social media

Under 25 – Then You Must Be A Social Media Expert

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social mediaIs managing social media best left to the under 25s? According to an article written by Cathryn Sloane in the NextGen Journal, people under 25 have grown up with social media and best equipped to utilise its potential.  Boy, did she open up a can of worms. Soon after the article appeared just about everyone over 25 working in social media were spitting vitriolic comments her way. The hapless Carthryn was accused of being ageist, dumb, ill-informed, naïve and other names best not mentioned in polite company. However, the question remains. Is she right?

Currently, the two most popular social media platforms are Facebook and Twitter. Facebook is used to share, comment, socialise and interact online. Twitter mostly follows trends. Tumblr is another social media tool gaining popularity as is Pinterest. These tools are also effectively used by some corporations to drive traffic to their website.

Carolyn’s argument is that the under 25s make better social media managers than older workers. However, job advertisements for these positions require 5 to 10 years experience. She argues that nobody has this experience yet because the tools are too new but that her generation are intuitive social media users and therefore more proficient.

On the surface, her argument appears to make sense. After all, we’ve all seen older people struggle to adopt new technology. On deeper reflection though, Cathryn’s argument makes little sense. Essentially, she asserts that having access to the tools from a young age makes you an expert. However, I don’t think it makes you a better communicator. Otherwise, each time we had a technological breakthrough it would be generation based.  When I was 15, I played popular arcade games with friends. Yet I’m not a games expert. Far from it. The same with email. I used email extensively before I was 25 to communicate but I’ve never used it to write fancy html coded newsletters to promote my message.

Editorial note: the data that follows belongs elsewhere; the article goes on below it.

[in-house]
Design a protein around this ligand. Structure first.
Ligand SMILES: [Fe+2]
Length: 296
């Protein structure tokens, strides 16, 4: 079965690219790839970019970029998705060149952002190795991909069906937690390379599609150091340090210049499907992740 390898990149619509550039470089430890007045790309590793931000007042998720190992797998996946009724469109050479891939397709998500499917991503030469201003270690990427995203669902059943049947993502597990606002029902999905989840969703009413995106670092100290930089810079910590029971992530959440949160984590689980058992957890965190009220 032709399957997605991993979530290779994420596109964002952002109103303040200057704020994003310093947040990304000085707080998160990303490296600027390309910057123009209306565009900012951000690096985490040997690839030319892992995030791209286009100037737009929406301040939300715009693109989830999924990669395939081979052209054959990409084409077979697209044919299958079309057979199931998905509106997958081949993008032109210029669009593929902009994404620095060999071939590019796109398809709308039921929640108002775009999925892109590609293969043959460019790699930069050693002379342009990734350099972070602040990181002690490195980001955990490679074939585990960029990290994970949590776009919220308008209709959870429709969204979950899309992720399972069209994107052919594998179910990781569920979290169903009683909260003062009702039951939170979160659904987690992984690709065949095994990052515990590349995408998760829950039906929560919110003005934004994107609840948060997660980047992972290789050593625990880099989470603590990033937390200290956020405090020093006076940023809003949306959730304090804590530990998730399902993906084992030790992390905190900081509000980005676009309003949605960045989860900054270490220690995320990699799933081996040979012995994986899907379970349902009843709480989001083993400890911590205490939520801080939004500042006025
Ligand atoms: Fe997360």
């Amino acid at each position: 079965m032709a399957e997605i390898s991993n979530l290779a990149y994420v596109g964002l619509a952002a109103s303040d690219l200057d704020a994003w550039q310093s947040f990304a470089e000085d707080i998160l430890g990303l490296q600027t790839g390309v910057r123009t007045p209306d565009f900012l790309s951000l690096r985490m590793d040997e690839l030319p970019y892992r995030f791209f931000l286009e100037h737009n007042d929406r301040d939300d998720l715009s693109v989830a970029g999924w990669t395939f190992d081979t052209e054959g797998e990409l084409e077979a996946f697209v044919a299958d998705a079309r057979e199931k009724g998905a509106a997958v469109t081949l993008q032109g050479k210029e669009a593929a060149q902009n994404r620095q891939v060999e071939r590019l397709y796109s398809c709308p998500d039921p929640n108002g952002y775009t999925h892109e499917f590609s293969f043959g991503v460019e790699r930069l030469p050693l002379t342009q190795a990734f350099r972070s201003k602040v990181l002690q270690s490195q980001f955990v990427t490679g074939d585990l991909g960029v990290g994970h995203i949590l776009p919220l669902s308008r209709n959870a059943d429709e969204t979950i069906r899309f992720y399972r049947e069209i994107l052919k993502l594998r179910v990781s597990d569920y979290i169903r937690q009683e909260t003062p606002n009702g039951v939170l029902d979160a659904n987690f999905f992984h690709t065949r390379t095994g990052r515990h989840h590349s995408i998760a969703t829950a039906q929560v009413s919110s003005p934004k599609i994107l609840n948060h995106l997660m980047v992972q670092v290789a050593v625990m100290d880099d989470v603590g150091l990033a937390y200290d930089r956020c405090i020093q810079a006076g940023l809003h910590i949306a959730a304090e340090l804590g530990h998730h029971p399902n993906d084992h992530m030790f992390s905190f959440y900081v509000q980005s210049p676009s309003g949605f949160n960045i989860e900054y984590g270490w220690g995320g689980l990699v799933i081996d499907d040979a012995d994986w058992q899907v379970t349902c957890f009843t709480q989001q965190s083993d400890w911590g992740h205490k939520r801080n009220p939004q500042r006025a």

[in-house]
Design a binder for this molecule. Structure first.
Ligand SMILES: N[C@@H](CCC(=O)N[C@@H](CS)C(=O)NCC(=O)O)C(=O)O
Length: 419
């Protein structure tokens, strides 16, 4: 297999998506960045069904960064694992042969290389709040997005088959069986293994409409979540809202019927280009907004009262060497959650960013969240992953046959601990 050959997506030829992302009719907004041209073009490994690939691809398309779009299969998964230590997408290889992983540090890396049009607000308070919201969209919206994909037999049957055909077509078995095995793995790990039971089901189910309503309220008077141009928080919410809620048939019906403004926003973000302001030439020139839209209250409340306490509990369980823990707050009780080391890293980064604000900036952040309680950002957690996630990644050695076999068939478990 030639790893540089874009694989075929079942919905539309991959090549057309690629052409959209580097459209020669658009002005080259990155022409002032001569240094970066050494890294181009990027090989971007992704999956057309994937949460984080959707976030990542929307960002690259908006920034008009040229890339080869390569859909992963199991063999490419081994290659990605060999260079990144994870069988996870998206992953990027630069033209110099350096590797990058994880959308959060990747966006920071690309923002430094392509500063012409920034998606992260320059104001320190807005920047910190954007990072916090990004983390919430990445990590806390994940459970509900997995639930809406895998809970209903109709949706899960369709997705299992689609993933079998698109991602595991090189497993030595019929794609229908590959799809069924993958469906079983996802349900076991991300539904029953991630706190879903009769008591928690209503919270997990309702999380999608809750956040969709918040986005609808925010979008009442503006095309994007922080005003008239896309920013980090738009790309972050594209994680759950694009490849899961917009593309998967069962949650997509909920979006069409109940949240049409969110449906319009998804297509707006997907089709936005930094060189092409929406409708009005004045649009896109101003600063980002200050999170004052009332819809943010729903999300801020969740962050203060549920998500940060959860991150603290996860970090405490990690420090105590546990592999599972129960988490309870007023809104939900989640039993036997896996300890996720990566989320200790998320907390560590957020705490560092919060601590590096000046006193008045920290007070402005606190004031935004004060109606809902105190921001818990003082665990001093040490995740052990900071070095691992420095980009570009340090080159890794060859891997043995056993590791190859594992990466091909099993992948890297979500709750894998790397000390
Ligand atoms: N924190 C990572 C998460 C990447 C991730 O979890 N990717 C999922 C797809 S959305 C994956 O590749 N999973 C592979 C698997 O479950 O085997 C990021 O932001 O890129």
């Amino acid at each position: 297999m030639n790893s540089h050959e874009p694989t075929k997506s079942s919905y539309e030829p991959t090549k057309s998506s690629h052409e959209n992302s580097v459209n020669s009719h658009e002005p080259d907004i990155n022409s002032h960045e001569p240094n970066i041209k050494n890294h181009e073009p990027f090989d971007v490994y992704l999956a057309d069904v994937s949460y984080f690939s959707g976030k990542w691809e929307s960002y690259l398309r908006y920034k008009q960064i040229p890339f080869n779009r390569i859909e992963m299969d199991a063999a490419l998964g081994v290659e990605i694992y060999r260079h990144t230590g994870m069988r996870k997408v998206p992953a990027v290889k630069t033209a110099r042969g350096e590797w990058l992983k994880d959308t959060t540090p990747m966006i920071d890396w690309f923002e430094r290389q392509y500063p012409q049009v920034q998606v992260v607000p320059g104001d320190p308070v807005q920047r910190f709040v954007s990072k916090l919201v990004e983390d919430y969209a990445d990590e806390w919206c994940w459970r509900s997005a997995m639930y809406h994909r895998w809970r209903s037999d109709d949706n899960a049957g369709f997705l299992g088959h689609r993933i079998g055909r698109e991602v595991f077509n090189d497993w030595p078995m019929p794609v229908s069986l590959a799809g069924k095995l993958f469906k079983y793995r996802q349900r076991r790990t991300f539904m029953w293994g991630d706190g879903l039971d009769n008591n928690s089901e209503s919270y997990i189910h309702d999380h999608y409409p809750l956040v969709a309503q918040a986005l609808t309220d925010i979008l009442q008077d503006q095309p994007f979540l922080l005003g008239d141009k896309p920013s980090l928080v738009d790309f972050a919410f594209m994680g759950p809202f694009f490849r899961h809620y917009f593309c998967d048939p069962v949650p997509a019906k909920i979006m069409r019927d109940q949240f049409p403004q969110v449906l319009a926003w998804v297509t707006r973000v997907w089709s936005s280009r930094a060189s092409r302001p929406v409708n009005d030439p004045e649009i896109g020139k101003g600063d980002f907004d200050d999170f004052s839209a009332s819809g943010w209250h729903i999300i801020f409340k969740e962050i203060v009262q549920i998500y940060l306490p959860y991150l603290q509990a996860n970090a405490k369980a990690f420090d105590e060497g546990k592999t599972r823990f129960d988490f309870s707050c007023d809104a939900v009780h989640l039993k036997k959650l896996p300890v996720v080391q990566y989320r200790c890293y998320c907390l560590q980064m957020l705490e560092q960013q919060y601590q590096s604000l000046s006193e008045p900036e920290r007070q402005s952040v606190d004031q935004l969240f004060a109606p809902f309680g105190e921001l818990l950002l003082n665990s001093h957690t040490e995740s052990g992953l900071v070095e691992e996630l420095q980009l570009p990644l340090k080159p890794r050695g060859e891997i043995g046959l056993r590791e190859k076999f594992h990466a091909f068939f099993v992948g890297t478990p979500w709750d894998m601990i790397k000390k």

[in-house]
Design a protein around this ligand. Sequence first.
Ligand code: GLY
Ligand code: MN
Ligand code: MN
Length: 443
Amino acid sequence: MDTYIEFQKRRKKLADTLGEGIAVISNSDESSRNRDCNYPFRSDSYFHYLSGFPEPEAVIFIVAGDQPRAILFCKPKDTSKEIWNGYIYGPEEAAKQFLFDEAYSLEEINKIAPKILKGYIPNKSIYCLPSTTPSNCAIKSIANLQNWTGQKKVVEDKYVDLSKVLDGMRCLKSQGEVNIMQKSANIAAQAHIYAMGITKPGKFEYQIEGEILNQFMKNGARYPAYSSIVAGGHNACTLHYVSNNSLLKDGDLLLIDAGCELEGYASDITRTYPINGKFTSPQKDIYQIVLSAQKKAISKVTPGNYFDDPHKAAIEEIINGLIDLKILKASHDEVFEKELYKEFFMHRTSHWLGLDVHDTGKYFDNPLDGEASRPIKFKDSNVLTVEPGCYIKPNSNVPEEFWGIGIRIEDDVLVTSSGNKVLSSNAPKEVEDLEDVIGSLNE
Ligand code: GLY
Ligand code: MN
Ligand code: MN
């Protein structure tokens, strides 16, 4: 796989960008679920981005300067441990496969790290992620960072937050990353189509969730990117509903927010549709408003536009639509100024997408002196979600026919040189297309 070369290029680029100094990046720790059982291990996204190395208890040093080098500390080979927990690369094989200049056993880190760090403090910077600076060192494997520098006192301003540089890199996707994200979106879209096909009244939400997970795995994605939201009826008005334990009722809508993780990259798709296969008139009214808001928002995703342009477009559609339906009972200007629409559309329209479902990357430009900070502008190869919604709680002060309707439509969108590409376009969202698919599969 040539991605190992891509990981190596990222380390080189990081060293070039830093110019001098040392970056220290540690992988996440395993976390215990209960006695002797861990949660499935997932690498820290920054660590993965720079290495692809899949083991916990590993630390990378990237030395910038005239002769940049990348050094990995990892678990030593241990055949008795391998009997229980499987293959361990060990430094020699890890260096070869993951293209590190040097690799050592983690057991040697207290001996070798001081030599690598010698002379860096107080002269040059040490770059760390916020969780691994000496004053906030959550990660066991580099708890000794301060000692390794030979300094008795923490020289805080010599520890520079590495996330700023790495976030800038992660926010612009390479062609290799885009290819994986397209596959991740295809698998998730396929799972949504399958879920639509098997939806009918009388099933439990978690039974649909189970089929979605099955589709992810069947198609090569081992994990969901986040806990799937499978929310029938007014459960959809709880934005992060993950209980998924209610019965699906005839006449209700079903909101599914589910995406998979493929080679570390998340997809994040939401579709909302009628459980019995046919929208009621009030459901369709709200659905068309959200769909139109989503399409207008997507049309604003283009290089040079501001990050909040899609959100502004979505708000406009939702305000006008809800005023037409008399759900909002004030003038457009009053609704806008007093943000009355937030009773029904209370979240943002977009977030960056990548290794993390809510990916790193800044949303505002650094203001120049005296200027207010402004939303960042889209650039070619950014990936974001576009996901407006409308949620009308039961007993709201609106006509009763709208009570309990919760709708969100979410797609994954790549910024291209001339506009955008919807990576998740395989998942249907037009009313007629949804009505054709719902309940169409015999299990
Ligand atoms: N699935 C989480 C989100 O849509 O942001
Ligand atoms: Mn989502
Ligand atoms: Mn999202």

Social media is merely the latest tool used to distribute information to the largest number of people. The message is the medium is an oft quoted saying. A social media manager must produce from within the cluttered realm of cyberspace something people will tweet, post and upload.  Communication requires more than the tool, it requires a message. Tools change over time and can be taught. The talent required to send a unique message requires skill irrelevant of age.

Also, Cathryn has made the assumption that we learn best when we are young. However, research into the brain has discovered that it rewires itself throughout our lives and capable of learning new information. Our brains are not set like concrete after 25, as was previously thought, but are malleable and adaptable.

Furthermore, research into social media found that 60% of users are mums. Assuming that most women have children after 25 this means an awful lot of midlife women are engaged in the digital space. Mums share information about brands, movies, tv and books that is so influential marketing departments are desperate to reach them. If I was an employer wanting to reach mums, I’d want women with children, not the under 25s, to manage my social media.

At the end of the day, Cathryn’s assumptions about the under 25s reminds me of the popular 60s slogan. The hippie mantra was not to trust anyone over 30. That mantra disappeared when the hippies got older. Tweet that if you can to the under 25s.

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Related Post: The Technology Myth

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Author: Sue Bell
Sue Bell is an entertainment writer and author of Backpacked: A mostly true story, Beat Street and When Dreamworks came to Stanley.

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